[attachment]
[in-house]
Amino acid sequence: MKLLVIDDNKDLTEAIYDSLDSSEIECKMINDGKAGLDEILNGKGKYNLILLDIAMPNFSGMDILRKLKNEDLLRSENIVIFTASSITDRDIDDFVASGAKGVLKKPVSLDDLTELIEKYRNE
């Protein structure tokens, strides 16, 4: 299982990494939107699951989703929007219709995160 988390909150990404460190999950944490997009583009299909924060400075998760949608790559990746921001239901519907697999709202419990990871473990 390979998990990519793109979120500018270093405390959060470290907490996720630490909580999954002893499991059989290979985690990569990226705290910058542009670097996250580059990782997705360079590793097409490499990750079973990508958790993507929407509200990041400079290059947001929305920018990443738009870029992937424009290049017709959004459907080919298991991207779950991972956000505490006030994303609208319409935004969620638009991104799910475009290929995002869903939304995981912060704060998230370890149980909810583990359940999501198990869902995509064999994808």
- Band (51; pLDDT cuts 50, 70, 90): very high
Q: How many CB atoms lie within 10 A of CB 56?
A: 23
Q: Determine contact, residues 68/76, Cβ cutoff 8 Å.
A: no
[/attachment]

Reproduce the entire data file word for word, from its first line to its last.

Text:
[in-house]
Amino acid sequence: MKLLVIDDNKDLTEAIYDSLDSSEIECKMINDGKAGLDEILNGKGKYNLILLDIAMPNFSGMDILRKLKNEDLLRSENIVIFTASSITDRDIDDFVASGAKGVLKKPVSLDDLTELIEKYRNE
């Protein structure tokens, strides 16, 4: 299982990494939107699951989703929007219709995160 988390909150990404460190999950944490997009583009299909924060400075998760949608790559990746921001239901519907697999709202419990990871473990 390979998990990519793109979120500018270093405390959060470290907490996720630490909580999954002893499991059989290979985690990569990226705290910058542009670097996250580059990782997705360079590793097409490499990750079973990508958790993507929407509200990041400079290059947001929305920018990443738009870029992937424009290049017709959004459907080919298991991207779950991972956000505490006030994303609208319409935004969620638009991104799910475009290929995002869903939304995981912060704060998230370890149980909810583990359940999501198990869902995509064999994808």
- Band (51; pLDDT cuts 50, 70, 90): very high
Q: How many CB atoms lie within 10 A of CB 56?
A: 23
Q: Determine contact, residues 68/76, Cβ cutoff 8 Å.
A: no